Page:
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Seasons to Celebrate

"We are a large family on a small planet. We will run into sensations that are difficult for us" - Christopher Ananda.

"We are all just walking each other home" - Ram Dass.

Merry Christmas, Happy Hanukkah, Joyous Yule, Happy Holidays!

And for those who are not celebrating any of the above, here is an offering from Grandmother Wapajea Walks on Water (from the Choctaw, Creek and Cherokee tribes). As we face seasons in our lives, there will always be direction.

East - Opportunity to begin again with each day.

South - Hope and creativity of the child within.

West – Introspection when the day is done.

North – Stamina, compassion, silence.

As you face each direction, you might enjoy listening to music by Brule, a man who grew up not knowing his Lakota people, until just before Thanksgiving 20 years ago.

A short true story by Charmion Harris, Wild Unity's Founder Backstory

The story begins in Freedhem, Minnesota, and involves lots of horses, church time, and many homes in nearly half of the Midwest states before moving onto becoming an Ammunition and Explosive Ordnance Disposal Specialist and Carpenter in the Army.

Marriage, children, college, divorce, and more moving commence for the next decade. Through it all, a battle waged between my head and heart, and my body stuck in a nether land. Most of the time I felt like a wild horse confined to a stall, or an avatar in a video game trying to find the right way, until I found adventure racing.

Coincidentally, about that time, things fell apart again. I took a job with the VA and moved again, this time near Sacramento, California. From the Spanish word Sacrament, the location I chose represented an outward act that marked inward spiritual growth. This time, I spent evenings and weekends writing, enjoying nature, and immersing myself in yoga.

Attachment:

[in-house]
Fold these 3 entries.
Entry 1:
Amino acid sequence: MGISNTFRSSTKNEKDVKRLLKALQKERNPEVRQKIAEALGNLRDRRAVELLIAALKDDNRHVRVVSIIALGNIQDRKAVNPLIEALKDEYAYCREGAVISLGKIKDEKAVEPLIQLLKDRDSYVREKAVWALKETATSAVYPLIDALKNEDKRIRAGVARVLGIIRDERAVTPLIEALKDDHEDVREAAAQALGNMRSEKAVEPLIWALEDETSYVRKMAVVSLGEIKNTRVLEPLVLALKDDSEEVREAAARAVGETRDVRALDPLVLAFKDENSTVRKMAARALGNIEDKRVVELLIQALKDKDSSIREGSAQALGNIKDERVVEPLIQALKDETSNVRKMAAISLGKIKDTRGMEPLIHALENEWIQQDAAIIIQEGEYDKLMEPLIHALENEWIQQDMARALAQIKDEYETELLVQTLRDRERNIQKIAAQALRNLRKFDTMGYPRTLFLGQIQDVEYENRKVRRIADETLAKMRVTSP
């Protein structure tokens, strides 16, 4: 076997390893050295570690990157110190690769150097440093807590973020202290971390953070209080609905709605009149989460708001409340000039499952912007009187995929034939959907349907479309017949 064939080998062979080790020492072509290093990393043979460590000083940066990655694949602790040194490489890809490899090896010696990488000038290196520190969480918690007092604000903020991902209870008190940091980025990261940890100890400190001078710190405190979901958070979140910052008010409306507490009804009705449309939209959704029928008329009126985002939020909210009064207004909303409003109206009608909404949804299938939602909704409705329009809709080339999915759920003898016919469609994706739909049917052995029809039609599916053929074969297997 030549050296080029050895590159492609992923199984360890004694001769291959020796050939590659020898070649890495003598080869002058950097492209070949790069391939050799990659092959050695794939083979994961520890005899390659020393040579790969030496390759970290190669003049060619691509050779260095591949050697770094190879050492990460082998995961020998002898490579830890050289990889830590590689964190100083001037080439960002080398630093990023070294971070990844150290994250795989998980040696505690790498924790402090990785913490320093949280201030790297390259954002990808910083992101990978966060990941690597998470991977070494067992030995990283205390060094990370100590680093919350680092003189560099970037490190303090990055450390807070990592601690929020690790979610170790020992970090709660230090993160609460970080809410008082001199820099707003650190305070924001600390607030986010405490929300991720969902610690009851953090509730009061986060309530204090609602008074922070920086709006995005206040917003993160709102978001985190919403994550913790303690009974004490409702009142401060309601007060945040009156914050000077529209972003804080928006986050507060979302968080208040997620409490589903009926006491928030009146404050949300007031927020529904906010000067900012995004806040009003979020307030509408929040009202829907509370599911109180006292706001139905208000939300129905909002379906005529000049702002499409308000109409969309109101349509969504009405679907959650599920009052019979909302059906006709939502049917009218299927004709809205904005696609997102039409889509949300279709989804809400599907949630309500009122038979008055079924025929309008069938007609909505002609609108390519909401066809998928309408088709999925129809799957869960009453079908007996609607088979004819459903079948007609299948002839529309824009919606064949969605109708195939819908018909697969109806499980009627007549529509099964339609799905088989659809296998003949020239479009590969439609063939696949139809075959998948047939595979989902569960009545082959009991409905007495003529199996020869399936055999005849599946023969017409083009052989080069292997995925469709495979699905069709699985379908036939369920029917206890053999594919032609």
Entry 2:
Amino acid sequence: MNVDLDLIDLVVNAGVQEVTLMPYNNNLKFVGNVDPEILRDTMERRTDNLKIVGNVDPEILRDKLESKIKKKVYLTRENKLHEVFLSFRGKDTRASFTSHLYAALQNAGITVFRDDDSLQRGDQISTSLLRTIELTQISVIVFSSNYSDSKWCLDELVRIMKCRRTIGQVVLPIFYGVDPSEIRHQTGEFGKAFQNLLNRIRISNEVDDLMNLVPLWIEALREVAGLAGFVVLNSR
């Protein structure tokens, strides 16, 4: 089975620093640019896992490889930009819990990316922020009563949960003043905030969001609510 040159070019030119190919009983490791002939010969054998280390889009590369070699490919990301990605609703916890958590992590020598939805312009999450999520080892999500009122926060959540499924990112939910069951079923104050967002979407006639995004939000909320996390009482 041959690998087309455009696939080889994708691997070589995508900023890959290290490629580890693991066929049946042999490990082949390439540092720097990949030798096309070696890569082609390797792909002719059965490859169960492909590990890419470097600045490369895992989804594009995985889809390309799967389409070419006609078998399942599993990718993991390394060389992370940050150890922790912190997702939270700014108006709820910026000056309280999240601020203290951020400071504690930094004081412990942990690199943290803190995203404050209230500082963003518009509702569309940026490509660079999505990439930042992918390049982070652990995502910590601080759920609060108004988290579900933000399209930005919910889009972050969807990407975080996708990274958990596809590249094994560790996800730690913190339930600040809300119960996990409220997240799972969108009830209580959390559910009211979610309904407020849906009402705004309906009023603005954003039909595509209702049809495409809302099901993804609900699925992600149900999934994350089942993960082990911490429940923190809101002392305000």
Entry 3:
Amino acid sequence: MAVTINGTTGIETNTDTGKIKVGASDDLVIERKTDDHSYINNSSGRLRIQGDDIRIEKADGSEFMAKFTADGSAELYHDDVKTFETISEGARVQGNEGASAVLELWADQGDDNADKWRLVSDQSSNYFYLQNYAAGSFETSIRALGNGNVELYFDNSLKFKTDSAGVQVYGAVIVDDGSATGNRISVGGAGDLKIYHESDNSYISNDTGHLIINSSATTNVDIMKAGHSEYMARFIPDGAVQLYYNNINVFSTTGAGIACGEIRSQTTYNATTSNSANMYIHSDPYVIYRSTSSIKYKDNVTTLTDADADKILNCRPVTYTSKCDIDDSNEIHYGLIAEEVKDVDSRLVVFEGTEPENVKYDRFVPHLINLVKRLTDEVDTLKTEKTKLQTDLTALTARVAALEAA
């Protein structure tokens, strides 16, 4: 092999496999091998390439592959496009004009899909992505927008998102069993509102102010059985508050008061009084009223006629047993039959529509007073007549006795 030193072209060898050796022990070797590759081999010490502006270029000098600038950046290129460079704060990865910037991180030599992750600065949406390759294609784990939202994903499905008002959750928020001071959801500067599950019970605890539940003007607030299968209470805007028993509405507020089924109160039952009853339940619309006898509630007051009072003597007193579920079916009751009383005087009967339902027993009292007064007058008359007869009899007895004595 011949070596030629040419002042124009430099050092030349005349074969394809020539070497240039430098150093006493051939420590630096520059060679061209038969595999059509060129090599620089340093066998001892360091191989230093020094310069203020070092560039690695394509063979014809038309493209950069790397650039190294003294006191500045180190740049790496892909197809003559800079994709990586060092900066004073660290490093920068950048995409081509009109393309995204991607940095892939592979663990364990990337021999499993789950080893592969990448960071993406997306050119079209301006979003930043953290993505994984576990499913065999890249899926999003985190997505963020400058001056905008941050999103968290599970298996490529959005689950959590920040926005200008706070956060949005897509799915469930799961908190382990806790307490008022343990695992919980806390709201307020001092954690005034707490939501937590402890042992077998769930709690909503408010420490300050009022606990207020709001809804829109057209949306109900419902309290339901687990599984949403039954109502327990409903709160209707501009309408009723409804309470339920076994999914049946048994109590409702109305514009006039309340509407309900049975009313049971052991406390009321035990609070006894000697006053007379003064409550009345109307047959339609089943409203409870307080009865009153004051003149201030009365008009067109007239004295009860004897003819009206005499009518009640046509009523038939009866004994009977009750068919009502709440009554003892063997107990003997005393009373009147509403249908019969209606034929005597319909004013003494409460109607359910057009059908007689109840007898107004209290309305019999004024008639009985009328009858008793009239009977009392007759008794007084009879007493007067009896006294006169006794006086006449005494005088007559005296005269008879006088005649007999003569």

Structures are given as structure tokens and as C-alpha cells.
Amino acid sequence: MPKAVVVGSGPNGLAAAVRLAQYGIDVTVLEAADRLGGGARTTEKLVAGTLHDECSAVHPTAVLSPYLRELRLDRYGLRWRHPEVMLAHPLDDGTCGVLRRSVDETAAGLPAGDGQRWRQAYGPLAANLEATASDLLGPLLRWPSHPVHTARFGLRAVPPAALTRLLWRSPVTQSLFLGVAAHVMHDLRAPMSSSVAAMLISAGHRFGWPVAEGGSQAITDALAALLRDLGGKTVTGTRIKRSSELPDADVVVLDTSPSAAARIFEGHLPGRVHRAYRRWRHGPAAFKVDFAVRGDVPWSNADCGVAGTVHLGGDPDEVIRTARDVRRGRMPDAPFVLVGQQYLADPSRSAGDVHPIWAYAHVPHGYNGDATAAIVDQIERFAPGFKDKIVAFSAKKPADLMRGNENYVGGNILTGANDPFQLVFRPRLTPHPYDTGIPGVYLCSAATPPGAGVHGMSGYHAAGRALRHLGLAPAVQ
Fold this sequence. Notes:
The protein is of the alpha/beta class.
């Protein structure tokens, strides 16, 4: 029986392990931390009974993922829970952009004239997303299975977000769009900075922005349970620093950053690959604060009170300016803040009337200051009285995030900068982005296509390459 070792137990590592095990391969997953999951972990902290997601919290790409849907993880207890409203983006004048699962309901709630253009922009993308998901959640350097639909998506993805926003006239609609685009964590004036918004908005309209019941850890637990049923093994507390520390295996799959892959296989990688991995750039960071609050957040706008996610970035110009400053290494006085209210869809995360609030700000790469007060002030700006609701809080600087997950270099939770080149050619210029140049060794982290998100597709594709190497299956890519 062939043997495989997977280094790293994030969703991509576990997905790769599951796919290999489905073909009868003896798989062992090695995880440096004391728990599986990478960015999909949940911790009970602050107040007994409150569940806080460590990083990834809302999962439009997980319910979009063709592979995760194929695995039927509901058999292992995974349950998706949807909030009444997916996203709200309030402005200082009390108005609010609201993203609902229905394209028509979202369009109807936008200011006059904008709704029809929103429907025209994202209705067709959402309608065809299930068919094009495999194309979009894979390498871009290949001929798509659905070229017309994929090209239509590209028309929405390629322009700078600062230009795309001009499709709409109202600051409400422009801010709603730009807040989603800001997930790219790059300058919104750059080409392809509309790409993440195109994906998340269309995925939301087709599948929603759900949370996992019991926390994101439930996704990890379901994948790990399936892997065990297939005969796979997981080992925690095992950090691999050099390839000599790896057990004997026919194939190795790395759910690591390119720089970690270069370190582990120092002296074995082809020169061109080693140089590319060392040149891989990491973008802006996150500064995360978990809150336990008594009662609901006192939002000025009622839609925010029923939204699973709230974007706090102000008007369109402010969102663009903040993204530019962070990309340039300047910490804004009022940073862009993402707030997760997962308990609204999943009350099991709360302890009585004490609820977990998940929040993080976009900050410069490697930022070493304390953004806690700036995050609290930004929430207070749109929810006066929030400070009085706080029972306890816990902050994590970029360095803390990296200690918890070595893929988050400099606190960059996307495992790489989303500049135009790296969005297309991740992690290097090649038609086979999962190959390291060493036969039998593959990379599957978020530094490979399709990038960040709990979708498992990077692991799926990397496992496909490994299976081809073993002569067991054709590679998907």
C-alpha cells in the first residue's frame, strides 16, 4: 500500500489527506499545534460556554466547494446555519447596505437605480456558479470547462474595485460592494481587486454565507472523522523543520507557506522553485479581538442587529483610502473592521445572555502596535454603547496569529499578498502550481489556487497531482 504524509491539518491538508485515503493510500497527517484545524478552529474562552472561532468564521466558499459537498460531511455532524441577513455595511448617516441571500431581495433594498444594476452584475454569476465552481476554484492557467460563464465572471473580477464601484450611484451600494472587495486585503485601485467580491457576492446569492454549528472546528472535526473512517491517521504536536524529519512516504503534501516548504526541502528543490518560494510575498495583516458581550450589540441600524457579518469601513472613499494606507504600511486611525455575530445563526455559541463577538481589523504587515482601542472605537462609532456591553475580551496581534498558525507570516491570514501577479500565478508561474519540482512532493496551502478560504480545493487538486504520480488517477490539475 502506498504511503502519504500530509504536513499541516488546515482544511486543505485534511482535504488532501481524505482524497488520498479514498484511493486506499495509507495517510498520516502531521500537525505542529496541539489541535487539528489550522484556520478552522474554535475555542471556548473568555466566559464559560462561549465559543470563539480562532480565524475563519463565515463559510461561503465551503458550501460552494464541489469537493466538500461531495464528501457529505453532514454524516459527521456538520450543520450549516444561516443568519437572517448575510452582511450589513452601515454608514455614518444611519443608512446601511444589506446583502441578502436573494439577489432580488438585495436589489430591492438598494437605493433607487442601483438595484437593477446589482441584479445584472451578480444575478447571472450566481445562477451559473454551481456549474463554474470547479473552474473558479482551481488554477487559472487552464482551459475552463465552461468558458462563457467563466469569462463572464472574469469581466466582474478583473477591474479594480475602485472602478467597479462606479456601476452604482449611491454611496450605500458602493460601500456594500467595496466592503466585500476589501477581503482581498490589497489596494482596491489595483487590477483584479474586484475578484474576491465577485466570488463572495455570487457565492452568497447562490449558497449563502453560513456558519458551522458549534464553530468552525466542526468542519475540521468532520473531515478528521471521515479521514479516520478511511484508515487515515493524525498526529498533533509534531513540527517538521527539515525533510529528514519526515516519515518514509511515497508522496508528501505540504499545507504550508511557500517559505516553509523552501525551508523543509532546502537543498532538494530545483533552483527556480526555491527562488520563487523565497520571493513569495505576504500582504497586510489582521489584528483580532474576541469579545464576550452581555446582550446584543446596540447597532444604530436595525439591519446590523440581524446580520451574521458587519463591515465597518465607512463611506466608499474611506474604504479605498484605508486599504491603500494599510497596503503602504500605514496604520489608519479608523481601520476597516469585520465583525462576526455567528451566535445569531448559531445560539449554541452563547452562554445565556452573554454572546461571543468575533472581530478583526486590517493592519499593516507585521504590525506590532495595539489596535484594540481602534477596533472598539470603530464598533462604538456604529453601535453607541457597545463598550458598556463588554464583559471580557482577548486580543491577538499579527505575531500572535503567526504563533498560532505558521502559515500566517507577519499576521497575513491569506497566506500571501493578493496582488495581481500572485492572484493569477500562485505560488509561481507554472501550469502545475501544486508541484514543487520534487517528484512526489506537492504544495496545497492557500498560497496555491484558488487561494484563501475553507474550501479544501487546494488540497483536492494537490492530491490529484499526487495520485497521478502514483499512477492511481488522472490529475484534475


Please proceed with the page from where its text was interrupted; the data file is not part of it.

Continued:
In Northern California, one can choose from a smorgasbord for physical yoga practices. During the week, I attended a franchise yoga studio offering Power Vinyasa and a senior center that offered Tai Chi and Yin. On weekends, I went to a quirky place downtown with strange class names that offered steeply discounted Groupon packages. The franchise classes did wonders for my physical strength, neck pain, and overall feeling of resilience, and the Yin classes at the senior center were a new concept for me of being mostly still while fully awake.

At my Saturday’s 9am class, 50-60 people waited without fail for the studio to unlock at 8:45am. The class teacher’s name was Buck, and his class included techniques that other teachers didn’t offer. At times during class, we might be in a seated posture with our knees grazing one another and most everyone crying in a collective emotional release. After class, students glowed from a complete physical, mental, and emotional “work-out”. I wanted to learn how to do what Buck did, but he wasn’t offering training.

Many years have since passed.

14 years ago when my yoga journey began, I somehow knew that all paths of yoga could lead to the same place. But where that place was I didn’t know.